Monday, August 25, 2014

Niebuhr at the Supermarket

I wish to report to y'all, gentle readers, that I've had a genuine moment of (Reinhold) Niebuhrian self transcendence to report in my own life.

This weekend, while shopping at the local Pause-'n-Pay Grocery Store(™), I deliberated briefly between two options in the dairy case: Should I buy the store-brand milk and save money or spend an extra dollar for the Local Hero option (I don't typically consider myself a hero, local or otherwise). Then it happened: In a moment of genuine self transcendence, poised between the existential polarities of my finitude and freedom, I allowed my narrow self interest to be checked by the demands of a higher, more universalizing ethical framework -- an action that would have been virtually impossible for me had I been representing a larger social aggregate, such as a nation state, wherein collective egoism -- typically masked by the machinations of ideology and hidden power plays -- thwarts any such self-sacrificing ethical behavior.

In other words, I opted for the local brand.

Alas, though, for I am undone! For now, gentle readers, my own self interest has become an (unjustified, I think y'all will agree) occasion for bragging rights and an overweening sense of my own superiority vis-a-vis the woman next to me who bought the cheaper milk (that's the "sin of pride," people).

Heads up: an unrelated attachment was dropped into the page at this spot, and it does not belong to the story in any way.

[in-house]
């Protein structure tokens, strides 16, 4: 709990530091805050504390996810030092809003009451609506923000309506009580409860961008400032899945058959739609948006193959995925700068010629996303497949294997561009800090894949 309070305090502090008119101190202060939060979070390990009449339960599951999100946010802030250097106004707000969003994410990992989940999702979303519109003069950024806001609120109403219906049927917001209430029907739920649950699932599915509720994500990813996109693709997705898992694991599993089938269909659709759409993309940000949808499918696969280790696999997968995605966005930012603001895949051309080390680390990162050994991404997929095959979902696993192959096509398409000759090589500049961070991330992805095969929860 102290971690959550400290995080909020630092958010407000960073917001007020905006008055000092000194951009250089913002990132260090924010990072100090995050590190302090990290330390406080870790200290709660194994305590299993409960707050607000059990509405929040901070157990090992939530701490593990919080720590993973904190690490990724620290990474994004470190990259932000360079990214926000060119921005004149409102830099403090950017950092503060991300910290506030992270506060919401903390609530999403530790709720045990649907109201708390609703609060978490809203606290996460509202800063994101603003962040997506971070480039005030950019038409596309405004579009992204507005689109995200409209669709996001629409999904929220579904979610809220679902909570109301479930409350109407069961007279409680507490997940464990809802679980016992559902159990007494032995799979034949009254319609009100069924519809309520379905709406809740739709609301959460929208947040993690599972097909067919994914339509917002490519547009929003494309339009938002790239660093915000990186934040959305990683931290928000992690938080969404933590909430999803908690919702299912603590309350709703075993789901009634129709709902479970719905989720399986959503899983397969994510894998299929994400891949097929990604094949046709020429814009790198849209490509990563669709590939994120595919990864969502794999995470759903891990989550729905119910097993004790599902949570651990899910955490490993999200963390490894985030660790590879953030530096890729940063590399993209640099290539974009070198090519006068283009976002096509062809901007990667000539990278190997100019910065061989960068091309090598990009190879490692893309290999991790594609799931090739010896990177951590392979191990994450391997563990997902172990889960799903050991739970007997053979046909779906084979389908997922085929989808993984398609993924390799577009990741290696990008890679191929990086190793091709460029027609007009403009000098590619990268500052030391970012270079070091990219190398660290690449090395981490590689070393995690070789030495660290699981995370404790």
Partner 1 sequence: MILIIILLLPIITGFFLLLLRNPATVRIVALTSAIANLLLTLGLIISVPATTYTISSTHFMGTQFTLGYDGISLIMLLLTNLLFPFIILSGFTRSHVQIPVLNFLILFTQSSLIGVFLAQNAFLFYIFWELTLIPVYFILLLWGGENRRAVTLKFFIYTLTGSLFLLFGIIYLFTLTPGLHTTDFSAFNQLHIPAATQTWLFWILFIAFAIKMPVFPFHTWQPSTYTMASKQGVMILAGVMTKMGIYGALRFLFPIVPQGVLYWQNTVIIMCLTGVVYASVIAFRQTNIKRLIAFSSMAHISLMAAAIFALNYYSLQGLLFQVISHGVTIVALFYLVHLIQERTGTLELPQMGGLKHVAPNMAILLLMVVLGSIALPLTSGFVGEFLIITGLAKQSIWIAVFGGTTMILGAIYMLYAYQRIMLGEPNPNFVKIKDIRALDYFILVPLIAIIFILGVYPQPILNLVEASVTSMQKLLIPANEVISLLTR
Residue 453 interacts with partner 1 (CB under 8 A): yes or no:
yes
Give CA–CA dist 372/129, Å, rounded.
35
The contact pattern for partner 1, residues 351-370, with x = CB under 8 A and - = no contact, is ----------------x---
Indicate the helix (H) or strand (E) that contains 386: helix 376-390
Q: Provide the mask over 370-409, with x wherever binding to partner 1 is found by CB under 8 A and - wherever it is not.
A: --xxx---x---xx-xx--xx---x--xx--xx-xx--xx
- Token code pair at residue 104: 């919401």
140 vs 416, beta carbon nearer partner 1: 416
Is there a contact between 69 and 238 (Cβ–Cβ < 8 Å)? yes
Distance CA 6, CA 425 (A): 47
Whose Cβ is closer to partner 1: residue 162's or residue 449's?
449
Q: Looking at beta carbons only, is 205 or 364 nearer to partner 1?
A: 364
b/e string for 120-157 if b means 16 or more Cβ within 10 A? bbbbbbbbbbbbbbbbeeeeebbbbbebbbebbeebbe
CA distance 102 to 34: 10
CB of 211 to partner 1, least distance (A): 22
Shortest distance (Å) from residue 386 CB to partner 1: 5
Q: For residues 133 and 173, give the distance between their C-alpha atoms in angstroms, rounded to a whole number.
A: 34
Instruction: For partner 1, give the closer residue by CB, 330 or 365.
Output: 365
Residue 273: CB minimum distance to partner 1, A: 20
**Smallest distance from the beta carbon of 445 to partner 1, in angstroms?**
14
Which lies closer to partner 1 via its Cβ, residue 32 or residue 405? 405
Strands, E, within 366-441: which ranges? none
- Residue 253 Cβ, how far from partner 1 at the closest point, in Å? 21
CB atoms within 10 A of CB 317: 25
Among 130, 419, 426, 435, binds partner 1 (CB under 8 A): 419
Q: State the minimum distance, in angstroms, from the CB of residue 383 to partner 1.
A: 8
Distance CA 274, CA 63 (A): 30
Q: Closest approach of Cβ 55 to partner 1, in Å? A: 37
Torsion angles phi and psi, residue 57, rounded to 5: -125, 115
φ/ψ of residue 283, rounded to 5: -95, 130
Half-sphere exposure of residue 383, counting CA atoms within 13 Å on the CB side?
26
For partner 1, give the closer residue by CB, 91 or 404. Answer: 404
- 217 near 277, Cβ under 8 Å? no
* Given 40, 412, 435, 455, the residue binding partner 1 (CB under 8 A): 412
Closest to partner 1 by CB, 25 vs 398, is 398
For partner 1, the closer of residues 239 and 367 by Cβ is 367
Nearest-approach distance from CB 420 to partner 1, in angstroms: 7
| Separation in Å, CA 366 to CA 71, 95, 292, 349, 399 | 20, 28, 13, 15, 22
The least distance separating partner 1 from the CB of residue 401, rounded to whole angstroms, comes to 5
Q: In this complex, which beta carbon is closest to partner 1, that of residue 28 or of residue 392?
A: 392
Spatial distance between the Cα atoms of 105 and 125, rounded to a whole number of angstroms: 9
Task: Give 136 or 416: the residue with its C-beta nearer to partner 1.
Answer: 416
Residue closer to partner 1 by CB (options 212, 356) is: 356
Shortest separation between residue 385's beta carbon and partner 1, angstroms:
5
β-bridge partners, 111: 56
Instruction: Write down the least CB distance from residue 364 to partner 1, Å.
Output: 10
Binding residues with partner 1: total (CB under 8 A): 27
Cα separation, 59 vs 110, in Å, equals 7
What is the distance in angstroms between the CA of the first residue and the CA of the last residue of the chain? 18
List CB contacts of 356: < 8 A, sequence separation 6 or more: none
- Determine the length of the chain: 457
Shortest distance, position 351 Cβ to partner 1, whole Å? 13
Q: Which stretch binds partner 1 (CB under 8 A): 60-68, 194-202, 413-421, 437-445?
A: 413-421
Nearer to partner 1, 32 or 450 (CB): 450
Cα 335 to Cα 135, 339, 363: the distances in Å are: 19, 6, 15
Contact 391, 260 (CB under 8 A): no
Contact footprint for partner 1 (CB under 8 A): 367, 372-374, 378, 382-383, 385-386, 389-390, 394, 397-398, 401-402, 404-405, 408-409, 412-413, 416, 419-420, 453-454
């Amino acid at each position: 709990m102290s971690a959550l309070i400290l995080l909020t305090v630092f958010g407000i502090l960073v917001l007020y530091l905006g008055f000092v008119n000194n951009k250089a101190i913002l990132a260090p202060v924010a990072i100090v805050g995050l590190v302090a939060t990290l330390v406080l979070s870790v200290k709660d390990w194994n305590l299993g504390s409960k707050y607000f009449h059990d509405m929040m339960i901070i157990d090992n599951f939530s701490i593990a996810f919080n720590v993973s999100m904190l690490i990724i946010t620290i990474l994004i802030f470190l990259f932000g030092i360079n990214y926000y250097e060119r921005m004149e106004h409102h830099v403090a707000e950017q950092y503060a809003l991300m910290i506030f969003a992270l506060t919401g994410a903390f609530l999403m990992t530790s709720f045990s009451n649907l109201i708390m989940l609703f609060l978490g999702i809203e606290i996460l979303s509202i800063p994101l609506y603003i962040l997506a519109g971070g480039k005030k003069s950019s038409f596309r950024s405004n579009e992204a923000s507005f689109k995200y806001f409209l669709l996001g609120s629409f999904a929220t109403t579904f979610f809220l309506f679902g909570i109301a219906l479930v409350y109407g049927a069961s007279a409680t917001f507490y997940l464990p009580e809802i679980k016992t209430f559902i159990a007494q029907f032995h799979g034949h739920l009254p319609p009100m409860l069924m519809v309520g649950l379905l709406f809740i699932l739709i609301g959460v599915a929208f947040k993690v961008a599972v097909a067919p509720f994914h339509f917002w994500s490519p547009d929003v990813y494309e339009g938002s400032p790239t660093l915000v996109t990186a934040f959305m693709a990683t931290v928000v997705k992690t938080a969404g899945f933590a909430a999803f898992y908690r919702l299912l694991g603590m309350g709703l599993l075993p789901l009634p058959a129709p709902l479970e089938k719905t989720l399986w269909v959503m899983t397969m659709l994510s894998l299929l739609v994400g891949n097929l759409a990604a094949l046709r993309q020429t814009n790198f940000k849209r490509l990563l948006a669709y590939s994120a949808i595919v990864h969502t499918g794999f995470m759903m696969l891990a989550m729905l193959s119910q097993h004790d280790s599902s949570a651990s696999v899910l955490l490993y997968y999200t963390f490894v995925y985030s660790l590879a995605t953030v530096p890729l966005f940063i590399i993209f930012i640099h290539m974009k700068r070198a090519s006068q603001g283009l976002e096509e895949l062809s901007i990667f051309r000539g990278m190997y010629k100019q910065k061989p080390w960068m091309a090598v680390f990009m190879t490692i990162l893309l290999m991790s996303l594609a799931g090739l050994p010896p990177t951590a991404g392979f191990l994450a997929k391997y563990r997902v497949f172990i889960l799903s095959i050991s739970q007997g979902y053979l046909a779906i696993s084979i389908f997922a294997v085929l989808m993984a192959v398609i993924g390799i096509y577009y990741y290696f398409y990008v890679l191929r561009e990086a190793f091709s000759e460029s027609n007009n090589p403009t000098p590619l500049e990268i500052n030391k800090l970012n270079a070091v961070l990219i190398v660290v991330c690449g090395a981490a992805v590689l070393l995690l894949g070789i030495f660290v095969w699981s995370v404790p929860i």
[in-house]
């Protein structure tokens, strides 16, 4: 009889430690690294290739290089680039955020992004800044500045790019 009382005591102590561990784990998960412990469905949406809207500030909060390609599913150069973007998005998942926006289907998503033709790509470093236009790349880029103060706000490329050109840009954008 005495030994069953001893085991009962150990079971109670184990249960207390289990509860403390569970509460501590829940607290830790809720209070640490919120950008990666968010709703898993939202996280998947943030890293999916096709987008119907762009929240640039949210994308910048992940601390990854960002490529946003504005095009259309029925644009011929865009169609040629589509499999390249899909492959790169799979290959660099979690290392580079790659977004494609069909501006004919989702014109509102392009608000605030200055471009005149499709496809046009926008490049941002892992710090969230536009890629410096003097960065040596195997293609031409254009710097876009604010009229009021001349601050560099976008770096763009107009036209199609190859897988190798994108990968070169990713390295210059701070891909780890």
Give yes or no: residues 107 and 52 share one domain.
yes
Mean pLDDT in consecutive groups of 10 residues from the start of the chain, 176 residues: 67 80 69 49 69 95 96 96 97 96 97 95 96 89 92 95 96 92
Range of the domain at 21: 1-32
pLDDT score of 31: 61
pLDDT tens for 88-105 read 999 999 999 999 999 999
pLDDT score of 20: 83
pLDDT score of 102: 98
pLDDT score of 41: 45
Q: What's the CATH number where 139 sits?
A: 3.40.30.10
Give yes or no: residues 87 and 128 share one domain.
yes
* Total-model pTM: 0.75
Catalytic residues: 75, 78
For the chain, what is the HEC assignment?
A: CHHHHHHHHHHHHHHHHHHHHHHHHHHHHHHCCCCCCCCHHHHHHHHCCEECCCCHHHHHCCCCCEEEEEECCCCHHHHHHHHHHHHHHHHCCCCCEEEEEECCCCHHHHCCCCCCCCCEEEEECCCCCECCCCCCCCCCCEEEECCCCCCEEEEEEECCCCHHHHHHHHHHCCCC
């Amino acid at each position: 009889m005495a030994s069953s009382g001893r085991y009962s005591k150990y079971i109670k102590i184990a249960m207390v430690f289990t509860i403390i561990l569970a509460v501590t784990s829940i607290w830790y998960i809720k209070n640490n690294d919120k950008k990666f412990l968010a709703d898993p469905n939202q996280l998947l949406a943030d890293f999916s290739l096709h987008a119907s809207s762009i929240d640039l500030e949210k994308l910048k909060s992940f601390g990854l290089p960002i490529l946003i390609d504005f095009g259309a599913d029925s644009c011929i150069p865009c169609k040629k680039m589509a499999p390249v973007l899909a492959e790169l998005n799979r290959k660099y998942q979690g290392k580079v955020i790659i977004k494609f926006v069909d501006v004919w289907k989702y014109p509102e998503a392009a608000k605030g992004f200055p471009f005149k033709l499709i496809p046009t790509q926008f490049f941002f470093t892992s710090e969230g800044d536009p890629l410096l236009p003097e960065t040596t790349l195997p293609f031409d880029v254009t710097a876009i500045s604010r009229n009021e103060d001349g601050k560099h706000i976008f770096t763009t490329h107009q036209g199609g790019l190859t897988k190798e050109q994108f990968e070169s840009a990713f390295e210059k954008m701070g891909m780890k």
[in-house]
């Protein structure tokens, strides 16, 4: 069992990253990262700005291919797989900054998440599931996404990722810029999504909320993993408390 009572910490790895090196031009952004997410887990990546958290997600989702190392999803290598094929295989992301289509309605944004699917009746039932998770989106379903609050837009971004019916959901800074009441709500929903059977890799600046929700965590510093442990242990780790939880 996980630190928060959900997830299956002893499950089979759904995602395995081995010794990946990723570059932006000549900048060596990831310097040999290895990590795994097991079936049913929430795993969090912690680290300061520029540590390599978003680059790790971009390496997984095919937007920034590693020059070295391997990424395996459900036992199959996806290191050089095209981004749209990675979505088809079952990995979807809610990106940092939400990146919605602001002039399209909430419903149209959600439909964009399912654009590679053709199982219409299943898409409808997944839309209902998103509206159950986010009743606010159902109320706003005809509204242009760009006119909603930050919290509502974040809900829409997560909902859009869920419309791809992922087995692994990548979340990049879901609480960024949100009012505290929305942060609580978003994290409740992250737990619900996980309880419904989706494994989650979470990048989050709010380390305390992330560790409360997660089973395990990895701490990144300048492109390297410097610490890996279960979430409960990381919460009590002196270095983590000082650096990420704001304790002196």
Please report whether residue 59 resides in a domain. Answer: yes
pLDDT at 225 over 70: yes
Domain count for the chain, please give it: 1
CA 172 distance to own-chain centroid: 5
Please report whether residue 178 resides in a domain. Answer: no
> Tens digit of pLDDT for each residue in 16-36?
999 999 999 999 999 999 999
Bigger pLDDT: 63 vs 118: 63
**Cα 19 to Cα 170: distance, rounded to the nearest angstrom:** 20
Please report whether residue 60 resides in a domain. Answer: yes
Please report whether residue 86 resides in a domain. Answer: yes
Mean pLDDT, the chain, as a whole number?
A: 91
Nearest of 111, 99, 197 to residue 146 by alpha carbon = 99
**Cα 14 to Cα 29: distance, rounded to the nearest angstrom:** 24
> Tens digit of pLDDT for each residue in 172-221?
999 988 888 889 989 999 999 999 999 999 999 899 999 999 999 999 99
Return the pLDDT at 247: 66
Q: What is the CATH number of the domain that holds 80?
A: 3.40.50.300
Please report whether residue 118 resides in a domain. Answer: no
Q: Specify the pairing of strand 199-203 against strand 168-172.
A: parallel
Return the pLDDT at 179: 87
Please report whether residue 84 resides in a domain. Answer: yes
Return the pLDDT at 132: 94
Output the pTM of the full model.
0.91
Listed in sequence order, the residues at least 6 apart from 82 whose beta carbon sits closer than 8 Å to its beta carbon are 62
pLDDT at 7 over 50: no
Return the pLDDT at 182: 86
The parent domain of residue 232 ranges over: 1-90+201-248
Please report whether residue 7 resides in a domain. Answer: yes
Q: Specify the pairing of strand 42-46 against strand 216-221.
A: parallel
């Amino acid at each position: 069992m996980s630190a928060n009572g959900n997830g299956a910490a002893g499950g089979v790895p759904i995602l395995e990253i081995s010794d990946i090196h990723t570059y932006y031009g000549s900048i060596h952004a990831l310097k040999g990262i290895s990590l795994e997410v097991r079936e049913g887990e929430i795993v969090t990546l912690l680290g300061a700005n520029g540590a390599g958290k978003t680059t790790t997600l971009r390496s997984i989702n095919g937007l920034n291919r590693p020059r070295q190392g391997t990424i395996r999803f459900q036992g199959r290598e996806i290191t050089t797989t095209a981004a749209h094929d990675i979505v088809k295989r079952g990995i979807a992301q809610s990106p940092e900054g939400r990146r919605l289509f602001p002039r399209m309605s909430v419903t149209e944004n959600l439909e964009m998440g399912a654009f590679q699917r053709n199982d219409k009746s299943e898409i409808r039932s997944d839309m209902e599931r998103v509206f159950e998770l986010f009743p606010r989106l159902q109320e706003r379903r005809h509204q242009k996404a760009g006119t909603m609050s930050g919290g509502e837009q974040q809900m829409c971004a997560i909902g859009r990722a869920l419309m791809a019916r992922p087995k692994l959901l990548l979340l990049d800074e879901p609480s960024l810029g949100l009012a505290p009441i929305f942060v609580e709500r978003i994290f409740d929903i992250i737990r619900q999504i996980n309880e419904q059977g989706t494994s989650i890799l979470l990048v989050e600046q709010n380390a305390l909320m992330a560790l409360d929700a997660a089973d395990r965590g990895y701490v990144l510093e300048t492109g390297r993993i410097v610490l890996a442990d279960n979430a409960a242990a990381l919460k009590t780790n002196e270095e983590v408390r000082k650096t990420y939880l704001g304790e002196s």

The only solution? A countermeasure: Please excuse me while I bury my head in a vat of Cheese Flavored, Partially Hydrogenated MSG Puffs(™) (oops, that's the "sin of sensuality").


  1. What is the sin of sensuality? I never learned about that one in Catholic
    School or university.

  2. Luxuria. Usually translated as "lust."

  3. The "sin of sensuality" is particularly Niebuhrian language. Like Kierkegaard, he likes polarities, and this term is essentially the opposite of the sin of pride. It means, as I recall, the failure to realize one's God-given potential in acts of creaturely freedom. As such, then, it is probably closer to the meaning of the traditional sin of "sloth" (acedia) than it is to lust or other inordinate or misdirected physical desires.

  4. I thought the polarity of pride was scrupulosity--or maybe scrupulosity is just a transposition of pride.
    At any rate, one sure does have a great way of rationalizing the super-hydrogenated goodies! I'll remember that one...